How to stay hydrated and why it matters
The sun is shining and this feels me with joy. But, like many of us, I am working from home so no air con, and my desk is just under the roof with a skylight just above my head. I can feel that I am getting dehydrated by the minutes!
Signs of dehydration?
Thirst and dry mouth of course, but not only. Soon I will feel tired, will struggle to concentrate, I will definitely get irritable with a headache. I might even feel dizzy. 
(Notes: if that sounds a bit like a hang-over it is because this is exactly what is going on after a heavy night - we are dehydrated as well as being intoxicated. To alleviate those symptoms, check out my rehydration drink recipe at the bottom of this article)
And one issue I have is that I always seems to feel thirst slightly too late. Turns out I am not the only one. Thirst is is well known for being an unreliable tool to signal dehydration and ensure full re-hydration  .
Why does good hydration matter?
The obvious function of water is to enables body temperature regulation through the process of sweating. But it goes way beyond that.
It facilitates digestion - dissolving nutrients for absorption and preventing from constipation.
It plays a crucial part in the detoxification process, eliminating waste products and toxins through urine.
It provides the perfect environment for metabolic reactions and cells signal exchange so our organs can function and communicate with each others.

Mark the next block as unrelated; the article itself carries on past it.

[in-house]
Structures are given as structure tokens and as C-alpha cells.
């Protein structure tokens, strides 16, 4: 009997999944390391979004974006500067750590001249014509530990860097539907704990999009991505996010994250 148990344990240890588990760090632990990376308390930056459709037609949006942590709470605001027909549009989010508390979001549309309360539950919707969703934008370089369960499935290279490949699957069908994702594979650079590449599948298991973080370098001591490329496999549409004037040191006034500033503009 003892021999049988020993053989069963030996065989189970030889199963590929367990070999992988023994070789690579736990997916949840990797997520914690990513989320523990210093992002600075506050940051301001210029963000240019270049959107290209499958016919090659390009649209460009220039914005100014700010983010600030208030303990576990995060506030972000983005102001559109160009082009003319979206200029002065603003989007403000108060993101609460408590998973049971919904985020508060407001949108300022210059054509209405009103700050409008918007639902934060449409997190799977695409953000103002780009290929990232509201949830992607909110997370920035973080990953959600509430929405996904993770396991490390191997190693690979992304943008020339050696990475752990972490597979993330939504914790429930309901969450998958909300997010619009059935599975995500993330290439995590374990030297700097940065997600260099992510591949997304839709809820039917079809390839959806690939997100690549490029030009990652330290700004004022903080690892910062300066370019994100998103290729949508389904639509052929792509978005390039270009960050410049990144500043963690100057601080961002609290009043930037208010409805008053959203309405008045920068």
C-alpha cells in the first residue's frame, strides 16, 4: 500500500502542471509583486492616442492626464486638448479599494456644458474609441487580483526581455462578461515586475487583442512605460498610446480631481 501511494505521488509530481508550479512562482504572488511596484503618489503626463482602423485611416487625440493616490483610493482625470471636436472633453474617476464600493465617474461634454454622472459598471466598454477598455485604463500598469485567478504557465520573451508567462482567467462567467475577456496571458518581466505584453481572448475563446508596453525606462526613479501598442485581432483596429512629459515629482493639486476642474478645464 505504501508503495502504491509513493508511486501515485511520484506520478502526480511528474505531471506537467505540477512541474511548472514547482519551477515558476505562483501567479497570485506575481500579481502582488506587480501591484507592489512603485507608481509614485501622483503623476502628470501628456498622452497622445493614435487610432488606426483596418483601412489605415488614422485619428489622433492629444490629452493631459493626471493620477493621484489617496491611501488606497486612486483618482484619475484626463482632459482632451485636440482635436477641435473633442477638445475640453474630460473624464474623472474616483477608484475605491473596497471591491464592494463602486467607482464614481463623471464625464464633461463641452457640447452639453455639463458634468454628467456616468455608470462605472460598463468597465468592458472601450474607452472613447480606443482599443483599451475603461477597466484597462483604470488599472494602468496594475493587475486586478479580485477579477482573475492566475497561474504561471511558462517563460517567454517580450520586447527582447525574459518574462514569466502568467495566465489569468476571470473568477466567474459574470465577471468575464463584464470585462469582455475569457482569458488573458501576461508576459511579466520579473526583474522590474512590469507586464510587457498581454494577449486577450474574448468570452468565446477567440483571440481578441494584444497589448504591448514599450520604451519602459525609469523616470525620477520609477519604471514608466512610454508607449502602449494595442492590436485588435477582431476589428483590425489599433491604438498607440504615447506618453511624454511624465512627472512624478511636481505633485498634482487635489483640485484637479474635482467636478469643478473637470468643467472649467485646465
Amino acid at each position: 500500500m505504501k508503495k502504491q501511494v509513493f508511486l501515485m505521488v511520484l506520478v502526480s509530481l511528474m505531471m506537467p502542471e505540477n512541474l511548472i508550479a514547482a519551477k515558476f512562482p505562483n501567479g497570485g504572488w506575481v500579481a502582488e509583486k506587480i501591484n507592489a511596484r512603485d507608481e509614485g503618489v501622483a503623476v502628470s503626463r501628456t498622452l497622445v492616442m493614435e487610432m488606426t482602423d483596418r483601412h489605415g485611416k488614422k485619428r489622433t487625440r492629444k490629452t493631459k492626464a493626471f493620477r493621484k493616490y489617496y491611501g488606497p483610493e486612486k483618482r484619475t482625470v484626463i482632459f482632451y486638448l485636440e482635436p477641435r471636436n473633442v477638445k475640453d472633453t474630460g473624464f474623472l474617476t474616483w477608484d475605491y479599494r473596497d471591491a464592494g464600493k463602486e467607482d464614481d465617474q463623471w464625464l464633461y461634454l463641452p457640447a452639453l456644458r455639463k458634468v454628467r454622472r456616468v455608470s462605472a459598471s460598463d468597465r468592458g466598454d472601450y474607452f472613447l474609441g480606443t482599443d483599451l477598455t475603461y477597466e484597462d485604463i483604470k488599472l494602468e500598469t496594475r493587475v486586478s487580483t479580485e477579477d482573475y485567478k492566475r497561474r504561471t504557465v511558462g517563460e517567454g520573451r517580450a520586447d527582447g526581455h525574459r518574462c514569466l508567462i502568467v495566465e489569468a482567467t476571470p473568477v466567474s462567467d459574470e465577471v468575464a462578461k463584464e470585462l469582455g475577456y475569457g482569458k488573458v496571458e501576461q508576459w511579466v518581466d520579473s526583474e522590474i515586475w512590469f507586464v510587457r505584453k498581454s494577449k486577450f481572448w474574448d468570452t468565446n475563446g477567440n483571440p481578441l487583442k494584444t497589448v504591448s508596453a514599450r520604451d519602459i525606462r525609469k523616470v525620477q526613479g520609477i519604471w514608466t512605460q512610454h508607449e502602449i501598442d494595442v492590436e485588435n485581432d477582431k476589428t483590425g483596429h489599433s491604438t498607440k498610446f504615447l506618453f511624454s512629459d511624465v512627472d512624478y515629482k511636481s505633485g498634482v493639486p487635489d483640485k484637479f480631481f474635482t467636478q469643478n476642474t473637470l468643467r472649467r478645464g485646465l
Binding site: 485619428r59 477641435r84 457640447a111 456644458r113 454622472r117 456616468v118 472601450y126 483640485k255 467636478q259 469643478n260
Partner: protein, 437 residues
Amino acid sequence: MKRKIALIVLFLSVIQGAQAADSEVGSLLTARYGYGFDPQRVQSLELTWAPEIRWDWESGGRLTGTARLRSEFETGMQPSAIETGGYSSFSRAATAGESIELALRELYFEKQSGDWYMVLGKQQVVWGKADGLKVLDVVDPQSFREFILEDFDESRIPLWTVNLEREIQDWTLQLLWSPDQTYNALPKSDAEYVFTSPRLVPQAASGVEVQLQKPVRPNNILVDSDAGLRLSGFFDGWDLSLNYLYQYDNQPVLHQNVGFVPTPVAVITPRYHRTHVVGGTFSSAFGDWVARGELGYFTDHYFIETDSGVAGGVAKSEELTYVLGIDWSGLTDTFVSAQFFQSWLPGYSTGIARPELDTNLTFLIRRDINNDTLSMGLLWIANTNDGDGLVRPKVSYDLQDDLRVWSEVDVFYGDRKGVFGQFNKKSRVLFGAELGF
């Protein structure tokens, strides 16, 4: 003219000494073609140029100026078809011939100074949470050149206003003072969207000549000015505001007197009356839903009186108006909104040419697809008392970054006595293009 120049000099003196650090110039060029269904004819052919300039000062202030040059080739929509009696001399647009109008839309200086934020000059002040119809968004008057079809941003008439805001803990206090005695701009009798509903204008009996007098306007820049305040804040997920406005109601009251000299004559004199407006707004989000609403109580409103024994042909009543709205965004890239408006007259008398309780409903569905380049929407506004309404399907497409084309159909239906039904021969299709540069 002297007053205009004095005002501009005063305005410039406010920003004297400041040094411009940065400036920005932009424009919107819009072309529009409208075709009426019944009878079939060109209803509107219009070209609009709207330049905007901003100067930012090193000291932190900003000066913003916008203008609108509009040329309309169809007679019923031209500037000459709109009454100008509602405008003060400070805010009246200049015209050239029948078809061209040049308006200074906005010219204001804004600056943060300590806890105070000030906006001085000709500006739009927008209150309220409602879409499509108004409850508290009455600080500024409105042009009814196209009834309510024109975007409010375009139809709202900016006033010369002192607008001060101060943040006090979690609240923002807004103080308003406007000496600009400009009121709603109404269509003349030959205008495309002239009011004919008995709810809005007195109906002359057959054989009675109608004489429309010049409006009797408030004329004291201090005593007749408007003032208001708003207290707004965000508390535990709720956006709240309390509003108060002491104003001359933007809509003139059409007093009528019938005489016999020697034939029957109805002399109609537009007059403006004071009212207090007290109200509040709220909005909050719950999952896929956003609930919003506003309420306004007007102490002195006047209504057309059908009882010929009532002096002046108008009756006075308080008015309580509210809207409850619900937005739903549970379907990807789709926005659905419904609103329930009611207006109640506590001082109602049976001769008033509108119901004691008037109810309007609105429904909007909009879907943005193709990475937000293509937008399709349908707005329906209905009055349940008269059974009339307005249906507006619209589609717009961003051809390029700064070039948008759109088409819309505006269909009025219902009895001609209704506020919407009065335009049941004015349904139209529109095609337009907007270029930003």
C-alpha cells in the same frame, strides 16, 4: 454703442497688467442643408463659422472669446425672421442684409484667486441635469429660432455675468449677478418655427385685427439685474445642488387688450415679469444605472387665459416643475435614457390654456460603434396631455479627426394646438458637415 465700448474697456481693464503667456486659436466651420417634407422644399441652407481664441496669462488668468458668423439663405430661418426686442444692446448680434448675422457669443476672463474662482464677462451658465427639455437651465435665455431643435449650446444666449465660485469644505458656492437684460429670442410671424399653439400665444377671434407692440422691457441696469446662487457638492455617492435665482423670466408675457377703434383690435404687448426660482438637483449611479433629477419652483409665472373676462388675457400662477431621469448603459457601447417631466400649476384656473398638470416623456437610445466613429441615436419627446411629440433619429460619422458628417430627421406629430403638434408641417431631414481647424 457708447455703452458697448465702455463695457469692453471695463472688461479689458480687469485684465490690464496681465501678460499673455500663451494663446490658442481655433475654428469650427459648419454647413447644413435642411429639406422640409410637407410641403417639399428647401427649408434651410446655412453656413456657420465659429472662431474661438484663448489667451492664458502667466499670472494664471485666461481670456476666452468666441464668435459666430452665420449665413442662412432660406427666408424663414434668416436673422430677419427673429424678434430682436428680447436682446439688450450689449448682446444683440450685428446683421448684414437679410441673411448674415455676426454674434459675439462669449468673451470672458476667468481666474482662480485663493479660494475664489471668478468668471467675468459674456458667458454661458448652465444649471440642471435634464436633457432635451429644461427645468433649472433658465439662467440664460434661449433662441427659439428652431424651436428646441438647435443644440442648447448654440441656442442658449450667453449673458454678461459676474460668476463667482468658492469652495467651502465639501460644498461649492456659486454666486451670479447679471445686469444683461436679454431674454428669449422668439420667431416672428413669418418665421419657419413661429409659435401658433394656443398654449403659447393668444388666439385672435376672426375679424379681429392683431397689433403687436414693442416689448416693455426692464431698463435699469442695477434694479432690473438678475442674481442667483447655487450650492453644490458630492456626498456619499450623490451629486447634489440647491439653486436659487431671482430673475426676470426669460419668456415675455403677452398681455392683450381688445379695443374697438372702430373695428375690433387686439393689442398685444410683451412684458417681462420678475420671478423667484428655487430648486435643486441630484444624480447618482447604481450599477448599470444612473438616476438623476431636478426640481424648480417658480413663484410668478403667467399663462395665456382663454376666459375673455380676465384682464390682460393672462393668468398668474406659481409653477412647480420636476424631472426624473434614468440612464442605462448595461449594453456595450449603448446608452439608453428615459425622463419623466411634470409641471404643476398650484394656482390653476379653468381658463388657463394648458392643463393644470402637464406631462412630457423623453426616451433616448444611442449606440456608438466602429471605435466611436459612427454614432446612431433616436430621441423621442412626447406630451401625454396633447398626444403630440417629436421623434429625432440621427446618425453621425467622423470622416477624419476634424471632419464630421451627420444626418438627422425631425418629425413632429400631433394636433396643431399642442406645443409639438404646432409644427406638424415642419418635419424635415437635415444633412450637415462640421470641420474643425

It act as a lubricant for our joints and eyes. 
Pretty useful stuff, you will all agree.
How much should we drink?
Needs will vary from one person to another based on many factors such as age, muscle mass, climate, diet and physical activity. But in average, adults needs between 1.5 to 2L of fluid a day. 
The best tool to check our level of hydration is to look at the colour of our urine. Pale yellow or straw you are fine, Anything darker and you could do with more fluid 
Use prompt - have always a glass or a bottle of water near by to remind yourself to drink.
Prefer water rather than soft drinks as these can be bad for your teeth and be unnecessarily calorie-heavy.
If you find drinking water no so appealing, jazz it up a bit.
Jazz your water up
Make ice tea - for example make a fresh mint tea (infuse 6 leaves in boiling water) and let it cool down before popping it into the fridge.
Fruit flavouring - chop a couple of strawberries, a zest of lime, a slice of orange, bits of cucumber and add to the water.
Herb flavouring - you can use mint but try others such as basil, fresh thyme, lemon verbena, juniper berries.
Home-made squash - squeeze an orange and dilute it with water (1:3 ratio)
Recipe - re-hydration drink for pre-, post- and in-exercise
Simply mix together
500ml fruit juice
 Jéquier, E., Constant, F. 2010. Water as an essential nutrient: the physiological basis of hydration. Eur J Clin Nutr 64, 115–123. https://doi.org/10.1038/ejcn.2009.111
 Adolph, E.F., 1947. Physiology of Man in the Desert. Physiology of Man in the Desert.
Millard-Stafford M, Wendland DM, O'Dea NK, Norman TL. 2012. Thirst and hydration status in everyday life. Nutr Rev.;70 Suppl 2:S147‐S151. https://doi.org/10.1111/j.1753-4887.2012.00527.x